Jeffrey Taylor | 30 December 2015 | The Atlantic
A documentary on state television gives a glimpse of Vladimir Putin’s philosophy.
“Do you realize what you have done?” Vladimir Putin demanded at the United Nations in September. The question was a rebuke to the American-led bloc of countries that initially viewed with optimism the Arab Spring, which began five years ago this month, but has since given way to chaos and Islamist violence across once-stable parts of the Middle East and North Africa. Those events, and much else, look different when viewed from Russia than they do from the United States, and a documentary that aired recently on Russian state television helps explain the worldview behind Putin’s question.
The two-hour-plus film, Miroporyadok (World Order), explores, in the words of its narrator Vladimir Solovyov, “what is happening with us [Russians], what sort of world we have inherited from our parents, and what sort of world we will leave to our children.” Partly through interviews with the Russian president himself, it also offers a window on Putin’s own realpolitik perspective, one that I’ve found to be widely shared throughout Russia over many years of living in the country—a worldview according to which international relations consist of competing blocs of nations pursuing their interests, and the violation of sovereignty is a recipe for instability. This stands in contrast to Obama’s own position, which he stated at the UN two years ago, that “sovereignty cannot be a shield for tyrants to commit wanton murder, or an excuse for the international community to turn a blind eye to slaughter.”
Indeed, as the film tells it, the root of all international evils is the American penchant for democracy-spreading, both subtle (via U.S. support for “color revolutions” in the post-Soviet sphere) and overt (as in overthrowing Saddam Hussein). Russian Foreign Minister Sergei Lavrov declares that the Arab Spring was fomented from abroad, disregarding the Middle Eastern region’s widespread popular discontent with official corruption, political stasis, and lack of job opportunities. The United States intervenes despite bitter experience within living memory; the American director Oliver Stone appears onscreen to tell viewers that “America didn’t learn the lesson of Vietnam, which is you shouldn’t go around invading other countries.”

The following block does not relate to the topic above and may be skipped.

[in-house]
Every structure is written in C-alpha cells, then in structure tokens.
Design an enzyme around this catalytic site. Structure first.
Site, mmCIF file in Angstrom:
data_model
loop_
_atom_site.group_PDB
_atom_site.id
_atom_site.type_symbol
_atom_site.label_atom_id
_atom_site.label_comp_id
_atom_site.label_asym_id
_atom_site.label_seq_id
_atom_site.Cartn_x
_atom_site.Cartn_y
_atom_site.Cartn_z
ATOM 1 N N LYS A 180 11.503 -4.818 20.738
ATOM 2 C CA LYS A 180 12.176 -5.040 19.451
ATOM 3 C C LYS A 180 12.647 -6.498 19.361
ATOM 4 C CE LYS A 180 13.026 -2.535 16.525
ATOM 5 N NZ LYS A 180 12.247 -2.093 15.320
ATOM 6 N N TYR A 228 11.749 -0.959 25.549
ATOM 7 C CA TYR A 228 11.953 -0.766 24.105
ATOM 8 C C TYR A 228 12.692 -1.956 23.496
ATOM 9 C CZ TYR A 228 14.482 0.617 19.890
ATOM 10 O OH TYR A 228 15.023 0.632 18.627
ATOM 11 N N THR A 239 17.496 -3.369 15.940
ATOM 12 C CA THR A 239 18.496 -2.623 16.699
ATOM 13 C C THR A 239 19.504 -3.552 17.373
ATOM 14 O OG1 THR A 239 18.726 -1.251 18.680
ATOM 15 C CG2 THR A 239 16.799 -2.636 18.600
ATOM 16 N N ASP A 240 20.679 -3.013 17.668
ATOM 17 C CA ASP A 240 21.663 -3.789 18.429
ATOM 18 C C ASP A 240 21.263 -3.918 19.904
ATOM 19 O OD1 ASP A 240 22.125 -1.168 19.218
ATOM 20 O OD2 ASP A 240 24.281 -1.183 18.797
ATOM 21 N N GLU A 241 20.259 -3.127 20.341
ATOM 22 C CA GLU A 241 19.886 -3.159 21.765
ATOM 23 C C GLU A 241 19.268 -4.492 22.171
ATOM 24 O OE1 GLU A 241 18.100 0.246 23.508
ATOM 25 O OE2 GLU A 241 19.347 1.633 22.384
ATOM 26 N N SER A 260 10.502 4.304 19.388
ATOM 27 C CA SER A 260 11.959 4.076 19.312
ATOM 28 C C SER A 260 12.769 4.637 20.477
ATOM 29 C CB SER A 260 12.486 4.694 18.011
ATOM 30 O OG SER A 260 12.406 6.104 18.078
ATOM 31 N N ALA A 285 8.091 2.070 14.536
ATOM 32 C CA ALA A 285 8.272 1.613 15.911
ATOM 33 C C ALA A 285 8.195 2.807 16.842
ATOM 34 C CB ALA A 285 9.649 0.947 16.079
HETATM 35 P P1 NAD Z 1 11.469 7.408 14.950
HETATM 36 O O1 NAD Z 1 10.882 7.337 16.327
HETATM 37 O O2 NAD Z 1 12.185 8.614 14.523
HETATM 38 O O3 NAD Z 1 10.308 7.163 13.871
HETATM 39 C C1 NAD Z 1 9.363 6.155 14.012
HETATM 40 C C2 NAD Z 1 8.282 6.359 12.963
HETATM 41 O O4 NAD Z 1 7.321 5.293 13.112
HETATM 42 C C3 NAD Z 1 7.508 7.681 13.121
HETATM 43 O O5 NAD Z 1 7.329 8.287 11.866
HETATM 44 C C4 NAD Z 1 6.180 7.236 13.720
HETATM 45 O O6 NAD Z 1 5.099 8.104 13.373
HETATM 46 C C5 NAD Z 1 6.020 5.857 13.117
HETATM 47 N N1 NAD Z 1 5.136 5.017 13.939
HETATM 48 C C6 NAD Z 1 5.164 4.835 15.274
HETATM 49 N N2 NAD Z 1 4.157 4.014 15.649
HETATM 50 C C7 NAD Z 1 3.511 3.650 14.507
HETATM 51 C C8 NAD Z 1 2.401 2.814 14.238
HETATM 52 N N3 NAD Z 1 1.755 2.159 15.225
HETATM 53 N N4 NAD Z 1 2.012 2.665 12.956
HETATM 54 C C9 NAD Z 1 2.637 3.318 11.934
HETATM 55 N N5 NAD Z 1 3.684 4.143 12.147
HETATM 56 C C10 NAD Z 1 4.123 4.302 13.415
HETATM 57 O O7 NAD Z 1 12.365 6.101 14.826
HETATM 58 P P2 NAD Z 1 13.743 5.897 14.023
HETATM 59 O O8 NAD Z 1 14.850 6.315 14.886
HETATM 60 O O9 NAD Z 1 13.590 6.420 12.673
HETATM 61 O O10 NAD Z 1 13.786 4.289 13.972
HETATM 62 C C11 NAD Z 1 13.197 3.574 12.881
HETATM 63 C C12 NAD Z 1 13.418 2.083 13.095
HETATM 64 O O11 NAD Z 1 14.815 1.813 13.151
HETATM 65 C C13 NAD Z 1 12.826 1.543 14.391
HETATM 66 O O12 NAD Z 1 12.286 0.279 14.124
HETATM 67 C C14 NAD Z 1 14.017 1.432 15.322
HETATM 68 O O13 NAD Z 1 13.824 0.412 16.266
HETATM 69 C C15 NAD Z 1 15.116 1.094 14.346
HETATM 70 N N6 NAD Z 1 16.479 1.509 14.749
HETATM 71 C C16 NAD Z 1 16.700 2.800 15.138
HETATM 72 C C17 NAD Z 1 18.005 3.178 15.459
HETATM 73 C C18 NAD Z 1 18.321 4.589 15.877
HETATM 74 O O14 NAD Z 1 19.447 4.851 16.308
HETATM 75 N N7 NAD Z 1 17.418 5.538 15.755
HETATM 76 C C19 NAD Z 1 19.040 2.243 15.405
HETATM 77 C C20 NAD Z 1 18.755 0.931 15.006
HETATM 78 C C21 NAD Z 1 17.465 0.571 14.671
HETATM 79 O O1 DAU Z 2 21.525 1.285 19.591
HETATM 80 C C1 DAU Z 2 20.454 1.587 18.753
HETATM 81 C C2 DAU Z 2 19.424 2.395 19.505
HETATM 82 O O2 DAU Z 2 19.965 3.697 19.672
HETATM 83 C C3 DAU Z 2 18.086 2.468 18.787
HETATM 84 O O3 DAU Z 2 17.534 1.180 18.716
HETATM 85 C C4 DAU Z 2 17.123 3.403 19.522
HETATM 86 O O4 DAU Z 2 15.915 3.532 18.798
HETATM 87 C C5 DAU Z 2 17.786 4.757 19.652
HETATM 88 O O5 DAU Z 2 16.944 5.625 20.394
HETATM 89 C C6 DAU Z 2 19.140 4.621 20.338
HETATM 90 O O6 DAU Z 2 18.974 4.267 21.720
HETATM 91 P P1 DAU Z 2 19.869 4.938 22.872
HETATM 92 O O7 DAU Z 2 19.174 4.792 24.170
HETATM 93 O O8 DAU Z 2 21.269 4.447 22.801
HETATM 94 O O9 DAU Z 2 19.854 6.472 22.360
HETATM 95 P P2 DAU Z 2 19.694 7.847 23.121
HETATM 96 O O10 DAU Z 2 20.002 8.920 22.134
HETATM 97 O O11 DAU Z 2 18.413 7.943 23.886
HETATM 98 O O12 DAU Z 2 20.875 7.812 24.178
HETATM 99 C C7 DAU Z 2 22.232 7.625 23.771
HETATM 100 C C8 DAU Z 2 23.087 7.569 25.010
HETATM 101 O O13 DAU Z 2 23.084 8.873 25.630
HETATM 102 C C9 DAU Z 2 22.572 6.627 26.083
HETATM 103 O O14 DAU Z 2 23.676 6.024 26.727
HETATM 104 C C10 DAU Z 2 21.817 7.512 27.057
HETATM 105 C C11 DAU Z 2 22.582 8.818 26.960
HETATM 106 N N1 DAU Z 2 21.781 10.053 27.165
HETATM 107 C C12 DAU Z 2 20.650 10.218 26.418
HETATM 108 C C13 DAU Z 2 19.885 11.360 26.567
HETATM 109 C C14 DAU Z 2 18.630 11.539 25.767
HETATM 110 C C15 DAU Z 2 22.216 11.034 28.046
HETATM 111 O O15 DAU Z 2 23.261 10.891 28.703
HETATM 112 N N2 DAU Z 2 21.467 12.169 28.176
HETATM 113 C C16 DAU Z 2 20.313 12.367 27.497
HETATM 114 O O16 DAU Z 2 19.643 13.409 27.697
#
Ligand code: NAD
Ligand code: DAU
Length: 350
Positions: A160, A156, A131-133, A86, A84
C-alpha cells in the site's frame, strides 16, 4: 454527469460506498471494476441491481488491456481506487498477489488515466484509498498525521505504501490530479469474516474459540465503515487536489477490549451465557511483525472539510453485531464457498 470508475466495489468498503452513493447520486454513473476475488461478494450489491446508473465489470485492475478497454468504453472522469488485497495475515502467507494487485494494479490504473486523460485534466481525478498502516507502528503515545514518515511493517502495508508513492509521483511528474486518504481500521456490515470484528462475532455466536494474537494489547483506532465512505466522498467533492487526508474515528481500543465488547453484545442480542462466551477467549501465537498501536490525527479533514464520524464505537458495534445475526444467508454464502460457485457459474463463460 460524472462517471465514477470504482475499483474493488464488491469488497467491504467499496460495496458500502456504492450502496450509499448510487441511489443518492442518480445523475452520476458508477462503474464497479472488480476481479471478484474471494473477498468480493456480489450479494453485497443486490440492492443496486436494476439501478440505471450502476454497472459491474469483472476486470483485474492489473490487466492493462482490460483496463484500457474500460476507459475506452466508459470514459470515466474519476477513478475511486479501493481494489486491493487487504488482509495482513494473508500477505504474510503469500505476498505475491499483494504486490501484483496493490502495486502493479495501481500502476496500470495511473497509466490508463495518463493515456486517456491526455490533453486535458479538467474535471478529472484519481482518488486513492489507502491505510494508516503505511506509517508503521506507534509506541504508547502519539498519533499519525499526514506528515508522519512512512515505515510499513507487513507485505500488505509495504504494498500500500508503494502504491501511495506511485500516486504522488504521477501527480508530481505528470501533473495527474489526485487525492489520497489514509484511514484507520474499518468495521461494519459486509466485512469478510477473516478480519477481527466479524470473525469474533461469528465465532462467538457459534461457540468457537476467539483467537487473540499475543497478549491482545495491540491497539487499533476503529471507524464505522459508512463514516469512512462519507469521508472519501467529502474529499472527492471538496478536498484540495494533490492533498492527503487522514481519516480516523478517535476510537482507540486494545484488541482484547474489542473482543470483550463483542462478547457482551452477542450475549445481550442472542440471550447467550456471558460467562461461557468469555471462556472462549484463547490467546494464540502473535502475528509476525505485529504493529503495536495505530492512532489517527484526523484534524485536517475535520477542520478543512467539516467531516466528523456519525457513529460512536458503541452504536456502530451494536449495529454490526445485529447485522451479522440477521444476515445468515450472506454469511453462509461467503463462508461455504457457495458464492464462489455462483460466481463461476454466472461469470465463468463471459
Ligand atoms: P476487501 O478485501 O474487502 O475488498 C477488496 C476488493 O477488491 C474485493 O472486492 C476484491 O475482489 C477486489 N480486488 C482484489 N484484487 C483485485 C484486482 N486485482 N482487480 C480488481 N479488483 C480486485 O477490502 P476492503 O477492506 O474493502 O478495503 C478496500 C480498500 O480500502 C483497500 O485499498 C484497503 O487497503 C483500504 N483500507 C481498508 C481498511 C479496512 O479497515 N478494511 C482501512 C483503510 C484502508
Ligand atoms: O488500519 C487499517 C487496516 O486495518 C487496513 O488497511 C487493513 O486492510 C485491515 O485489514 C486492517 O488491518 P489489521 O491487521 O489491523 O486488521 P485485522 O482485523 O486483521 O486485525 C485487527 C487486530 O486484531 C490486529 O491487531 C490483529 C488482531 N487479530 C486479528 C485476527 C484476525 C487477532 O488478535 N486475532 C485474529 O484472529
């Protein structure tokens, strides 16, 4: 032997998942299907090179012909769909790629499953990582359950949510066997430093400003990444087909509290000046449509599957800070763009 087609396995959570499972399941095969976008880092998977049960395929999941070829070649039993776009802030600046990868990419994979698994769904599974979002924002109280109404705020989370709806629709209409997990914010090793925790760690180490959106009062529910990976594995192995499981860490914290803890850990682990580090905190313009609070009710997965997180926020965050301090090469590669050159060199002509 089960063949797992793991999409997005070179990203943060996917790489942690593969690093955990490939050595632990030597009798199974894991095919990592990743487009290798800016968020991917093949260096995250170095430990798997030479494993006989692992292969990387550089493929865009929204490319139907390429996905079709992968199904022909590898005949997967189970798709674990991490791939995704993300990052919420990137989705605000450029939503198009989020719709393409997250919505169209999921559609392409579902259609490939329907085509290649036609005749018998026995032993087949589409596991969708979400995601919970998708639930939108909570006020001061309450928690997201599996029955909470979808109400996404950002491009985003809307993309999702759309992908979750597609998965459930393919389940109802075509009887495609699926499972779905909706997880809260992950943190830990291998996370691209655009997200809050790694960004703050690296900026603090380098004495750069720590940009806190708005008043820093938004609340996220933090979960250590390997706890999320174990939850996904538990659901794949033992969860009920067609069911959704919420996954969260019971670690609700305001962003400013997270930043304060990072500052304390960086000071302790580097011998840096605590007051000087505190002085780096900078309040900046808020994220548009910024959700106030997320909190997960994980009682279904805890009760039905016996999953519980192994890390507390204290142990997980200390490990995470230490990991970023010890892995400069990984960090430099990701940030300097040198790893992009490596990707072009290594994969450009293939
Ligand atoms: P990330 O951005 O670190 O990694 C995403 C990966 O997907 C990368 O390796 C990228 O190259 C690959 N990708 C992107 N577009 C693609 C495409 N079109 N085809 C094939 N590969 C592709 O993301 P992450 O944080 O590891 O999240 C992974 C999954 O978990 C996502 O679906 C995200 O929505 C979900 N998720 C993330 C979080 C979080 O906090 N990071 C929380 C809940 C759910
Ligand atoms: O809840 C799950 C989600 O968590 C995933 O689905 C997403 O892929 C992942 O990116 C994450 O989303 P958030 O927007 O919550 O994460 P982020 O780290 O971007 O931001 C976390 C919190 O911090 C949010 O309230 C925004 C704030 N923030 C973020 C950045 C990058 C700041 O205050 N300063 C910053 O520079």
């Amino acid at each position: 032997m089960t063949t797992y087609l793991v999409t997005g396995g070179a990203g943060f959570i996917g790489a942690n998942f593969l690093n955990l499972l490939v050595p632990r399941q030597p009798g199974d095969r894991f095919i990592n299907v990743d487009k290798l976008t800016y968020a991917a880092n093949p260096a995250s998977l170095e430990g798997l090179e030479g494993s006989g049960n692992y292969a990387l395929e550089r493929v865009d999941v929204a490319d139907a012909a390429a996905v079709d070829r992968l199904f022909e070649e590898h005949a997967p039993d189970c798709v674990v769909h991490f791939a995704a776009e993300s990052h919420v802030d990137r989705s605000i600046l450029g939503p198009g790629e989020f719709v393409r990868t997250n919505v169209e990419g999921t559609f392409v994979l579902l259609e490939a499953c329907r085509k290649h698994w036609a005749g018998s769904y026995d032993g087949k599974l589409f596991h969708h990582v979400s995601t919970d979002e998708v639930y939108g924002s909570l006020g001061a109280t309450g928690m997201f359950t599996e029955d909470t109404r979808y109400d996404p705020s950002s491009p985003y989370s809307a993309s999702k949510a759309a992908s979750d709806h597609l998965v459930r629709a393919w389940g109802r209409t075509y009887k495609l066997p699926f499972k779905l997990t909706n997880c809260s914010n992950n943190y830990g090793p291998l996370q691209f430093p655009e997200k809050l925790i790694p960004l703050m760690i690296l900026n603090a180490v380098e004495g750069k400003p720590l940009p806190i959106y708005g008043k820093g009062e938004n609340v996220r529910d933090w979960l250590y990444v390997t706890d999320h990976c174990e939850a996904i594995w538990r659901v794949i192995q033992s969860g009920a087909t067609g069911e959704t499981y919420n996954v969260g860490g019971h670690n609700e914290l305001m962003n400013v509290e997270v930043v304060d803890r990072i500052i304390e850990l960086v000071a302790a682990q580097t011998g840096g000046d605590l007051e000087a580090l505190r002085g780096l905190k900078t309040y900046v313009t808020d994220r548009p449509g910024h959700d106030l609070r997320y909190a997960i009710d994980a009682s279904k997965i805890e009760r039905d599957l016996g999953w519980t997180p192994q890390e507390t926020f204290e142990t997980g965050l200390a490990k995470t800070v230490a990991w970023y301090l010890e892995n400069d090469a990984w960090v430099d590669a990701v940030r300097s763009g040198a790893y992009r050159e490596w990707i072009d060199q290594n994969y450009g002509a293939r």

But Putin denies chiding Obama directly at the UN for the consequences of the Arab Spring. “I wasn’t saying this [to President Obama]” Putin tells Solovyov, but to the constellation of leaders, both American and European, who have been meddling in Muslim lands since 2001. “I have always been telling [these leaders] that they have to act carefully. It’s wrong to impose one’s scheme … of ideas concerning good and evil, or in this case, good and democracy,” on countries “with differing cultures, a different religion, with other traditions. But frankly, no one listens, because they apparently consider themselves infallible and great.” No one, he adds, holds those leaders accountable, whatever the outcome. When an “operation” produces the wrong results, Putin says, the (again, unnamed) leaders in question just say, “Oh well. Next!” After all, “They’re great and sitting across the ocean, the dollar is the world’s currency, they have the biggest economy in the world.”
The Wikileaks founder Julian Assange also makes an appearance, citing cables revealing U.S. efforts to undermine the regime of Syrian President Bashar al-Assad—though American officials continue to maintain that Assad must go eventually, the cables in question most likely concern Wikileaks revelations made in 2006. The film shows Syrians lamenting the chaos the presumably American-backed terrorists have unleashed. No mention is made of Assad’s murderous crackdown on the demonstrations that set off the revolt, or of the barrel bombs deployed against civilians to this day at great cost to civilian life, or of the U.S. air campaign against ISIS.
Significantly, though he never rules out cooperation, Putin makes no such overture to the United States. Rather, the film closes with Solovyov asking him the question used to tease viewers in the intro: Will there be war—World War III, in particular?
Probably not, Putin responds, as long as no crazy individual decides to use nuclear weapons and start it. But just in case, “Russia will continue perfecting its [nuclear] weapons. The nuclear triad forms the basis of our security policy. We have never brandished our nuclear bludgeon, and never will, but it retains its proper place and role in our military doctrine.”
The upshot, according to World Order: Putin considers possible a renewed relationship with Europe, but sees no such likelihood with the United States. This is one area where the views from Washington and Moscow aren’t so different—and that is bad news.
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